Ryan Holiday preaches the “long game” and other lessons with an insistent voice in his book Ego is the Enemy.
The book is divided into three parts: “Aspire,” “Success” and “Failure.” Apparently, these are the stages in which Holiday experienced ego in his life, again and again.
Holiday is a media strategist and writer, who dropped out of college when he turned 19 to apprentice under author Robert Green. He was American Apparel’s director of marketing and then founded Brass Check, a company that has advised big-leaguers like Google and bestselling authors.
That said, almost everything he says in this book is simply common sense, decorated with flowery words and strategically placed narratives. Undoubtedly, this book shows his skills as a well-seasoned media strategist and writer. However, within the book you will find valuable lessons woven into short, real life stories — including his own.
In the book’s “Painful Prologue,” he touches on his personal journey, following his realization that the same things that made him successful had become his undoing.
“It wasn’t so much the amount of work but the outsized role it had taken in my sense of self,” he writes.
He looks back into his past where everyone called him “the kid” — the one going places — because of his ambition and drive. Looking at his list of accomplishments, his willingness to reveal the trials he faced as he scaled his way to the top speaks volumes about his effort.
He notes that he“was a prisoner to [his] own thoughts” in the prologue, starting off the readers on a humbling experience where he reveals his flaws. The intensity of the message only gets stronger as you continue, making the book a fast and gripping read.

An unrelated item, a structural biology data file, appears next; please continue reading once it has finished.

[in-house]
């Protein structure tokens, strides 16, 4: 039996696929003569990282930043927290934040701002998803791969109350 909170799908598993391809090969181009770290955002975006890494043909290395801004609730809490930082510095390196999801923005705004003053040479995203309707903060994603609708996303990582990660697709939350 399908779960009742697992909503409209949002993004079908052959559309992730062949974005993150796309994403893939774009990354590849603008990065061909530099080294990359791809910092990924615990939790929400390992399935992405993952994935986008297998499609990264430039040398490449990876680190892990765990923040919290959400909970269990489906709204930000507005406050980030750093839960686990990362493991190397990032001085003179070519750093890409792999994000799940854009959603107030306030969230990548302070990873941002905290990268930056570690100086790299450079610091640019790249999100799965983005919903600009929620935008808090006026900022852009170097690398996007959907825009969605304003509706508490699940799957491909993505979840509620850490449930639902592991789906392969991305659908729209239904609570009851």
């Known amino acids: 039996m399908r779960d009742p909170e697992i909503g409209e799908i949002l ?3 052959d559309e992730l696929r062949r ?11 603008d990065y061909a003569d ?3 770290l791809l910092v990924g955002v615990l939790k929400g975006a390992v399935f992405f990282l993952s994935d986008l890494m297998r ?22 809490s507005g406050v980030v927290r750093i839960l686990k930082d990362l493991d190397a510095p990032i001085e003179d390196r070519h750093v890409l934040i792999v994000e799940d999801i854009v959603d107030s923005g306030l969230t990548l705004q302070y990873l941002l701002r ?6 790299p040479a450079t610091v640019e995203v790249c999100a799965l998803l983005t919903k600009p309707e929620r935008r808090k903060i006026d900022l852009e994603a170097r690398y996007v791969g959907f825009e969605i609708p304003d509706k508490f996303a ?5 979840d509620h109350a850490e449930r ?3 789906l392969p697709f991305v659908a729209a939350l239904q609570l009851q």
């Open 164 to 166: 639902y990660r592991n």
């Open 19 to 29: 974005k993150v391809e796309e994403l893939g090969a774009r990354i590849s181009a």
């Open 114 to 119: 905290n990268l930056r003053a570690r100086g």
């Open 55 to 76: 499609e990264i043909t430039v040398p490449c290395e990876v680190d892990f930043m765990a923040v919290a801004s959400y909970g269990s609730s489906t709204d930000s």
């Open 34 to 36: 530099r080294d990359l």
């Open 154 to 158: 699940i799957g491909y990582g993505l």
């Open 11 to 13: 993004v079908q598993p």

In an early chapter, he asks: “To be, or to do?” The entire chapter is very sobering and prepares the reader by asking hard questions about what they are about to confront — themselves.
Why is ego our enemy? Because ego tells us what we want to hear. Holiday stresses the importance of doing the “quiet, and important work” — the long game, as he calls it, for it reaps the most success at the likely price of being unrecognized. This part humbled me in many ways.
I read this book for a reason. I wanted to know for myself if ego is indeed a factor that is hindering my progress. I found my answer.
As a student, I am always seeing new information and opportunities — which would be great if they didn’t end up becoming distractions. I had become quick to jump into the next thing rather than devoting my attention to what was already in front of me. I was unfocused.
According to this book, two of the most critical questions you can ask yourself are “Who do I want to be?” and “What path will I take?” I will admit, I am quick to assume responsibility for others. My personal desires and needs always come second — or don’t come at all. All for what? To make someone else’s life easier? To be more in control?
This book helped me find my answer — that I want to be free. I want to be free from the expectations that I was never meant nor willing to fulfill.
So if you want to entertain your ego, then chase people and tick the “right boxes.”
If you want to reach your potential, then replace this with doing quiet but important work. I am going to do just that.
Ego is your enemy is a self-help book meant to awaken and erase whatever grand image you made yourself to be in your head. It’s going to hurt, but it will heal and help you in the end.
Just let his words sink into your being.
Kristine Jones A. Del Socorro | Culture Editor
Photo: Kristine Jones A. Del Socorro | Culture Editor